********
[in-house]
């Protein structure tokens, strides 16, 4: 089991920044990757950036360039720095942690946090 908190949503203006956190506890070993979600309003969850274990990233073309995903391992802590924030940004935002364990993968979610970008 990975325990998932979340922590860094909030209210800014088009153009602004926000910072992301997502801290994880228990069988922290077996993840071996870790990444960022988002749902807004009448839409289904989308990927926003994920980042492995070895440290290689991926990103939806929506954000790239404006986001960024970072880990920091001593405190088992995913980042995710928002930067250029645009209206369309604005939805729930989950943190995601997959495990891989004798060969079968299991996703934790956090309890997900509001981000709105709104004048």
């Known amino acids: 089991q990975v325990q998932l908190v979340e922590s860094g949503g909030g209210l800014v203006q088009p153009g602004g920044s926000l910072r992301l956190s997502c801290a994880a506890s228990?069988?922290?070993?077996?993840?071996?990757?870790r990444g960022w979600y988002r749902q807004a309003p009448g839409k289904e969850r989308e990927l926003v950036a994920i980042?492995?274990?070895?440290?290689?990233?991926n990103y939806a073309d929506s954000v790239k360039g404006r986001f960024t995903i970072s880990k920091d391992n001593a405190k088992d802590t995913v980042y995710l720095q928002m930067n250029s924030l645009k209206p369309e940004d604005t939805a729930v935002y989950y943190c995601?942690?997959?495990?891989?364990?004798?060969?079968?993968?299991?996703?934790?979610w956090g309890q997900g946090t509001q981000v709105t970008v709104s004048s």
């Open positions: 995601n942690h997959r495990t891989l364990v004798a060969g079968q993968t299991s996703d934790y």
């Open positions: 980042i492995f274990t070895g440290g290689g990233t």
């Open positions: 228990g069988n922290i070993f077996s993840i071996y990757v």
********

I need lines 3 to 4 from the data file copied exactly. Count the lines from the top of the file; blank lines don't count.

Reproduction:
């Known amino acids: 089991q990975v325990q998932l908190v979340e922590s860094g949503g909030g209210l800014v203006q088009p153009g602004g920044s926000l910072r992301l956190s997502c801290a994880a506890s228990?069988?922290?070993?077996?993840?071996?990757?870790r990444g960022w979600y988002r749902q807004a309003p009448g839409k289904e969850r989308e990927l926003v950036a994920i980042?492995?274990?070895?440290?290689?990233?991926n990103y939806a073309d929506s954000v790239k360039g404006r986001f960024t995903i970072s880990k920091d391992n001593a405190k088992d802590t995913v980042y995710l720095q928002m930067n250029s924030l645009k209206p369309e940004d604005t939805a729930v935002y989950y943190c995601?942690?997959?495990?891989?364990?004798?060969?079968?993968?299991?996703?934790?979610w956090g309890q997900g946090t509001q981000v709105t970008v709104s004048s």
């Open positions: 995601n942690h997959r495990t891989l364990v004798a060969g079968q993968t299991s996703d934790y």